Smartphones and iPods are ubiquitous among college students, but can students use them to help practice English? In this post, I will share how I adapted an existing application (“app”) for vocabulary practice as well as other apps that students may find interesting and helpful. This post also serves as the handout for my poster session at Ohio TESOL 2010.
Music Quiz is a fee app that I’ve written about before. The app asks the user to guess a song’s title after listening to a 12-second clip of the song. By recording audio files of definitions of vocabulary items as “songs,” Music Quiz can be used as a vocabulary quiz.
How to make a vocabulary quiz using music quiz:
1. Record the definitions of the vocabulary items. Try to repeat the definition 2-3 times and keep files to 12 seconds – the limit of Music Quiz. Save each recording as an .mp3 file with the vocabulary word or term as the song title, the category (Heart Idioms, Vocabulary book chapter 3, etc.) as the album title, and yourself or your school as the artist so that the files are easy to add. A free audio recording application such as Audacity makes this easy. Feel free to take a look at and use my 20 heart idioms as examples.
2. Upload the .mp3 files to an iPhone, iPod touch, or iPad with Music Quiz installed.
3. Open the Music Quiz app and use the Menu to configure the quiz with the following settings.
- Choose From: Song Titles (title = vocabulary item)
- Play At Beginning: ON (play from the beginning of the definition)
- Custom Quiz: ON (allows user to select the “songs” to be quizzed on)
4. You can now use Music Quiz to quiz yourself on these vocabulary items.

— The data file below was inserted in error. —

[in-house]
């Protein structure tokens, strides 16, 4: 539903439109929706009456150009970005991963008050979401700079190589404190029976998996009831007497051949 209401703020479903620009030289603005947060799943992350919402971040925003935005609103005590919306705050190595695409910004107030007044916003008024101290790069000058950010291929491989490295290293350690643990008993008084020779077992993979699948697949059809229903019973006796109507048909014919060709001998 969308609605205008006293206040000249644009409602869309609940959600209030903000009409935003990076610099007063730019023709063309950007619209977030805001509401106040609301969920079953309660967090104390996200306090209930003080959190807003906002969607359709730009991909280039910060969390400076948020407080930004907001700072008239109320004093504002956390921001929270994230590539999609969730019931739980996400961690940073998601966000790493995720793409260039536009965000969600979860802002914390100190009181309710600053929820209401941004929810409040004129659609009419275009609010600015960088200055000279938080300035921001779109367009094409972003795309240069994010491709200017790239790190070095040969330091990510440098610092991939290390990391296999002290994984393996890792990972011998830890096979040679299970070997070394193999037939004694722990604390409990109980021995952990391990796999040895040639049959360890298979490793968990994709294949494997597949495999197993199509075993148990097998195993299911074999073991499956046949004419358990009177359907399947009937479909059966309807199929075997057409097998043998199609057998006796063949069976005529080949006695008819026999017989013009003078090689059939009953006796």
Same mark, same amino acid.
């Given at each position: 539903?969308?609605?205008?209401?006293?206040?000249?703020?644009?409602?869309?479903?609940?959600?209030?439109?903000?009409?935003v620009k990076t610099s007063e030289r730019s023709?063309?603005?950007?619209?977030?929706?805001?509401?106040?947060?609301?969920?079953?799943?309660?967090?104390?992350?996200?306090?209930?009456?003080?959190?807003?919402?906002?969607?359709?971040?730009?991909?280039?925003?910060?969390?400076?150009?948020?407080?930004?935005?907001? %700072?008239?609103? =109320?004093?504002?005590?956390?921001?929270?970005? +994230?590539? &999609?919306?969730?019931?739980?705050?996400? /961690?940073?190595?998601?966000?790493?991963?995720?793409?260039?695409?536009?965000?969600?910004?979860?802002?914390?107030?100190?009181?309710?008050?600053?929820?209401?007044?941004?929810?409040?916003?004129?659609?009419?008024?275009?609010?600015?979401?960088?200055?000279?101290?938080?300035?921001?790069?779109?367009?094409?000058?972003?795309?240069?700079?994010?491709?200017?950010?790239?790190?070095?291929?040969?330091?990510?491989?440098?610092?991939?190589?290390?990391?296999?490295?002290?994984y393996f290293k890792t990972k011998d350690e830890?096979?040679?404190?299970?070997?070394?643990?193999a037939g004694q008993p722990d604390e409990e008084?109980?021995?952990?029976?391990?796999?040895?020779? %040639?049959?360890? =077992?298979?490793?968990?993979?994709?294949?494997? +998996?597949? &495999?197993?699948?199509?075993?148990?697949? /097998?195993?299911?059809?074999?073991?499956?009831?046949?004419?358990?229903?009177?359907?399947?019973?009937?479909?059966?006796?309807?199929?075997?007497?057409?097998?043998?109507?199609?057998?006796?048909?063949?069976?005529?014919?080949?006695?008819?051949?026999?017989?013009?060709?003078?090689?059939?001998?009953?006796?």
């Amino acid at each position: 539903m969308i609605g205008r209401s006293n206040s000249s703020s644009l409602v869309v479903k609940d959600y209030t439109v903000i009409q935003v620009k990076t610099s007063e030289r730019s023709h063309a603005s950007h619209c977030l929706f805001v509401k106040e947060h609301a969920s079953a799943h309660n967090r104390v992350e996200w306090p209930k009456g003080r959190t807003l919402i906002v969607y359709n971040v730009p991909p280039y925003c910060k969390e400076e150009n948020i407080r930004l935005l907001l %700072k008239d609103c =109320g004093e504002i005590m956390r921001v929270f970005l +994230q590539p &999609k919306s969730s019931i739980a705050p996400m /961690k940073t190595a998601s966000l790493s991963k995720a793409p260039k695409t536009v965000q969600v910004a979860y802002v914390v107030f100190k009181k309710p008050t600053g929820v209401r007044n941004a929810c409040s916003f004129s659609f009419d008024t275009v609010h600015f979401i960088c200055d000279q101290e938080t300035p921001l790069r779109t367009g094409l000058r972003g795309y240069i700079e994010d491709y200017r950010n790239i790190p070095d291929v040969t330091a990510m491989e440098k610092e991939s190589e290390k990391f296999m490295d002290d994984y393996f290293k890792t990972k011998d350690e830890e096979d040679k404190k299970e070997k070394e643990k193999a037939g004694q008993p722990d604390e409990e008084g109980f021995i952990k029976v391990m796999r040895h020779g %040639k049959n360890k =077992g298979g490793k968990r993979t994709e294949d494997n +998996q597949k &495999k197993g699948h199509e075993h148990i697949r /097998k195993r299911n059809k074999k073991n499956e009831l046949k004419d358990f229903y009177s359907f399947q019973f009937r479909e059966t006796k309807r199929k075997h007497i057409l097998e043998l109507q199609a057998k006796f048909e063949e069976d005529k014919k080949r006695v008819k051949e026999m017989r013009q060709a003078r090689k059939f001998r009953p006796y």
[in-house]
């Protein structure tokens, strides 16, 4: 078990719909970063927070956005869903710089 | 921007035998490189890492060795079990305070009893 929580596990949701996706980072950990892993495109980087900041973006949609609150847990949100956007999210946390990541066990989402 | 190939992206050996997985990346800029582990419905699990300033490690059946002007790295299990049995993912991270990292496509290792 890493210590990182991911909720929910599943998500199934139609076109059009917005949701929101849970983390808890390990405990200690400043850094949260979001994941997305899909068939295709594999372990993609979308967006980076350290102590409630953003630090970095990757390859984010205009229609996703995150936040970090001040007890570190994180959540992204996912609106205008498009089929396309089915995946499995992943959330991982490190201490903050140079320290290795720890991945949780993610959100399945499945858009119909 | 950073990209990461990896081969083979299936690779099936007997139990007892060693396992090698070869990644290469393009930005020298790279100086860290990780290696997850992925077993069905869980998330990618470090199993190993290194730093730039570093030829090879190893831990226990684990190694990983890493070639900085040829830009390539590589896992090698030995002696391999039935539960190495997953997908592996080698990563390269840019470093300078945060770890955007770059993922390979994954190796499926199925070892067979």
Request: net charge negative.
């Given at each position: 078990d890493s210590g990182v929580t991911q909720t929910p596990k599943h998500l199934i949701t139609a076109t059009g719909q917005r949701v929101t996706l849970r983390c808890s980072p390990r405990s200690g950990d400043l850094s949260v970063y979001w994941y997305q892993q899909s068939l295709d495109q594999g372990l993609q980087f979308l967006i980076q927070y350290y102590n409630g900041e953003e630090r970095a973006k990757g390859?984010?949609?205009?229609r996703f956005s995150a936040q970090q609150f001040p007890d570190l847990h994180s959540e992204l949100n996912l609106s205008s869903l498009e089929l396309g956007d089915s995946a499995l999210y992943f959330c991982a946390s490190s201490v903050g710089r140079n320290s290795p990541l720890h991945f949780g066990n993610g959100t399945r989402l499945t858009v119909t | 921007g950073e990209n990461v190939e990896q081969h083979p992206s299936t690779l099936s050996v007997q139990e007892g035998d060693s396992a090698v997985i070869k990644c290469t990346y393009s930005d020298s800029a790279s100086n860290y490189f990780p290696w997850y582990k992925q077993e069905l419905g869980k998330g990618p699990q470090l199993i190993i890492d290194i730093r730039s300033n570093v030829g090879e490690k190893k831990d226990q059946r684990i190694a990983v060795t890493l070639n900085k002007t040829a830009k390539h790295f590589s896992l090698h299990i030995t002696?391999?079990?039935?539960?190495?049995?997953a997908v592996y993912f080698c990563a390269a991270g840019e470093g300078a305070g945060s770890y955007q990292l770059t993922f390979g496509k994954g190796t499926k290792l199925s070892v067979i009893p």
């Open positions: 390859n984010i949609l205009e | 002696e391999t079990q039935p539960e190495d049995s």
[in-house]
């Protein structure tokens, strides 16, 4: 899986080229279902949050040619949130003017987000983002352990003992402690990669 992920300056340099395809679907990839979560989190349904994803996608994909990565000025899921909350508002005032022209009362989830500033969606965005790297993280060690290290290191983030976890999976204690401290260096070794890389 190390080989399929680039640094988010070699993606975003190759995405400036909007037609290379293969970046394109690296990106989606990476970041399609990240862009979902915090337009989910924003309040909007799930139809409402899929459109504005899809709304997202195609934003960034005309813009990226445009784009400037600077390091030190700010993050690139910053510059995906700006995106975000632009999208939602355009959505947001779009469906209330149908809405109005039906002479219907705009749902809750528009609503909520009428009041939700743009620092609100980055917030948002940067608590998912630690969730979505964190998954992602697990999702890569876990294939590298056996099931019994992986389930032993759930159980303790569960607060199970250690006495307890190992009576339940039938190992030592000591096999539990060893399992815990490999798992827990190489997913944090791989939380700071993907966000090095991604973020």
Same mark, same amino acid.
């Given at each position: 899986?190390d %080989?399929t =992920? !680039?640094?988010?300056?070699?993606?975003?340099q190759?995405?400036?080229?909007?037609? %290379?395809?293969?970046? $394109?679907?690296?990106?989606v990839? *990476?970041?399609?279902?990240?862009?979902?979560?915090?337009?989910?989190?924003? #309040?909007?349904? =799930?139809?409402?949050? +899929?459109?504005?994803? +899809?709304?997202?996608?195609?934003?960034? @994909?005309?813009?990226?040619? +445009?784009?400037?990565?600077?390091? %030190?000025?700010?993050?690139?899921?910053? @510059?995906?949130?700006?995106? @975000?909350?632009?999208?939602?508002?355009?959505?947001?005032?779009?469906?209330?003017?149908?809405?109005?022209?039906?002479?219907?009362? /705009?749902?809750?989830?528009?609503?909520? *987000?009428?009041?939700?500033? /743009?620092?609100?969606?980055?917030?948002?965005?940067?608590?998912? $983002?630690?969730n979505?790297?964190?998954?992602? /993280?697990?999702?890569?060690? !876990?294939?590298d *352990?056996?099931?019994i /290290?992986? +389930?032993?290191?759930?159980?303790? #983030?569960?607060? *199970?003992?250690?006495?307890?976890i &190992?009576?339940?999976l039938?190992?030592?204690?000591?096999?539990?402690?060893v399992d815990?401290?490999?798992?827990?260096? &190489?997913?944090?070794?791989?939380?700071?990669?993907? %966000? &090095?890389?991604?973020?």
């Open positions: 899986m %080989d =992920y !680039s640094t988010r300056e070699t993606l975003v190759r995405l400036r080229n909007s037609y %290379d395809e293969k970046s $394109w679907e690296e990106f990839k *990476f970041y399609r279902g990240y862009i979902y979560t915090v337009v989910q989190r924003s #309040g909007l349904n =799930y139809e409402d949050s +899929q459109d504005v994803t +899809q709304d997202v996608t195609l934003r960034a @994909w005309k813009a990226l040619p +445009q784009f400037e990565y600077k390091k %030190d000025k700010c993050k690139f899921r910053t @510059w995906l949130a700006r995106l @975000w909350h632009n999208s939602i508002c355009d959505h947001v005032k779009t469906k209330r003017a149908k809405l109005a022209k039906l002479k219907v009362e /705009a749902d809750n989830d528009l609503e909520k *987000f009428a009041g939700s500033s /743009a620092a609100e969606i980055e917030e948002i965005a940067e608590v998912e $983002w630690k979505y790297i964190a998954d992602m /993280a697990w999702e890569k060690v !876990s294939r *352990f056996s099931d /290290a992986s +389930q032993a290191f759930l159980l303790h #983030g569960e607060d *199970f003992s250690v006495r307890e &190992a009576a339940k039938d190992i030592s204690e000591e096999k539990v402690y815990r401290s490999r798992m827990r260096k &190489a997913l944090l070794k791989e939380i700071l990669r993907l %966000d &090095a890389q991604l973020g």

Other Vocabulary Apps
There are many vocabulary apps available. Just do a quick search using the word vocabulary. Some are better than others, but most have a lite version that is a free demonstration with limited features or word lists. The full version, which you can usually purchase for $0.99 to $9.99, will often include thousands of words.
Vocab Lab Lite – SAT-level flashcards and quiz
Wordlist Lite – 10 vocabulary lists with definitions; words categorizable by difficulty
My Prep Pal: SAT Reading – video lessons, flash cards and quiz
Make Your Own Apps
Web-based – The easiest way to get content on mobile devices. Post content on a website, then view it using your mobile device.
Platform Specific – Apple and Google (makers of Droid smartphones) and other companies make it easy to make your own apps. Of course, easy is a relative term.
Tool based – Platforms exist to assist with the creation of apps and games. ARIS is one platform for creating mobile games that I’ve written about before. ARIS was used to create the game Mentira, which is described below.
The Cutting Edge
Apps are being developed that require the use of a mobile device to play. Mentira is an example of a location-aware mystery that students solve on location in the target language. In this case, students in a Spanish class take on new identities and to solve a crime that occured in a New Mexico neighborhood in the 1920s. Students must move through the neighborhood to unlock clues while playing the entire game in the target language.
2 responses to “mLearning in ESL”
I’m using an app called “Flashcards Deluxe” (http://orangeorapple.com/Flashcards/Default.aspx) with a student I’m tutoring. It allows me to make flashcards with audio and pictures on my iTouch, then allow him to import them to his iPhone. You can also download card stacks from Quizlet.com. Then you can add your own audio (quizlet.com doesn’t support audio files).
Thanks for the link, Eric. This looks like a good resource.